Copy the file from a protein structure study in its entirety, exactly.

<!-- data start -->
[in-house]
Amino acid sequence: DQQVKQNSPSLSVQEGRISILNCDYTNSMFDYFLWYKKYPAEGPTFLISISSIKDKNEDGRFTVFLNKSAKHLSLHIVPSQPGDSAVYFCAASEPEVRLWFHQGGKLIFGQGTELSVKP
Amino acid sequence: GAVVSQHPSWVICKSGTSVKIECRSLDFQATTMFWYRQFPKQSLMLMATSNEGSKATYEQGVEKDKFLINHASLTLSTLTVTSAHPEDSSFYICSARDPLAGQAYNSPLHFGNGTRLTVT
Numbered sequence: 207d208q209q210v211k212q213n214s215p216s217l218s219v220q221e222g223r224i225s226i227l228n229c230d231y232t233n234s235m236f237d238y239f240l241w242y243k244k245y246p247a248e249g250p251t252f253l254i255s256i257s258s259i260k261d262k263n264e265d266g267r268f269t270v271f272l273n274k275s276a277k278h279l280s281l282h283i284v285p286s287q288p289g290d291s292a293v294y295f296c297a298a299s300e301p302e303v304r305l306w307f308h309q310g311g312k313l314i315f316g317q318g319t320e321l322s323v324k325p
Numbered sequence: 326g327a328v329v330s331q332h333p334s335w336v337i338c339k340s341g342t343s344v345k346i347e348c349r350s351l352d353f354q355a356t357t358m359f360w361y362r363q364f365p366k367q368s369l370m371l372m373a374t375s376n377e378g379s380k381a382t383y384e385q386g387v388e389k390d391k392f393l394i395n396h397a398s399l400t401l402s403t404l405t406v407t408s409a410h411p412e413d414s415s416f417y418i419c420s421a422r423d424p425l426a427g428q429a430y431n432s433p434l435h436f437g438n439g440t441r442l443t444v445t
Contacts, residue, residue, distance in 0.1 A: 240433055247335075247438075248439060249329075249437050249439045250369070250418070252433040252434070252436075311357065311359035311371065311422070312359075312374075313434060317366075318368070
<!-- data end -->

[in-house]
Amino acid sequence: DQQVKQNSPSLSVQEGRISILNCDYTNSMFDYFLWYKKYPAEGPTFLISISSIKDKNEDGRFTVFLNKSAKHLSLHIVPSQPGDSAVYFCAASEPEVRLWFHQGGKLIFGQGTELSVKP
Amino acid sequence: GAVVSQHPSWVICKSGTSVKIECRSLDFQATTMFWYRQFPKQSLMLMATSNEGSKATYEQGVEKDKFLINHASLTLSTLTVTSAHPEDSSFYICSARDPLAGQAYNSPLHFGNGTRLTVT
Numbered sequence: 207d208q209q210v211k212q213n214s215p216s217l218s219v220q221e222g223r224i225s226i227l228n229c230d231y232t233n234s235m236f237d238y239f240l241w242y243k244k245y246p247a248e249g250p251t252f253l254i255s256i257s258s259i260k261d262k263n264e265d266g267r268f269t270v271f272l273n274k275s276a277k278h279l280s281l282h283i284v285p286s287q288p289g290d291s292a293v294y295f296c297a298a299s300e301p302e303v304r305l306w307f308h309q310g311g312k313l314i315f316g317q318g319t320e321l322s323v324k325p
Numbered sequence: 326g327a328v329v330s331q332h333p334s335w336v337i338c339k340s341g342t343s344v345k346i347e348c349r350s351l352d353f354q355a356t357t358m359f360w361y362r363q364f365p366k367q368s369l370m371l372m373a374t375s376n377e378g379s380k381a382t383y384e385q386g387v388e389k390d391k392f393l394i395n396h397a398s399l400t401l402s403t404l405t406v407t408s409a410h411p412e413d414s415s416f417y418i419c420s421a422r423d424p425l426a427g428q429a430y431n432s433p434l435h436f437g438n439g440t441r442l443t444v445t
Contacts, residue, residue, distance in 0.1 A: 240433055247335075247438075248439060249329075249437050249439045250369070250418070252433040252434070252436075311357065311359035311371065311422070312359075312374075313434060317366075318368070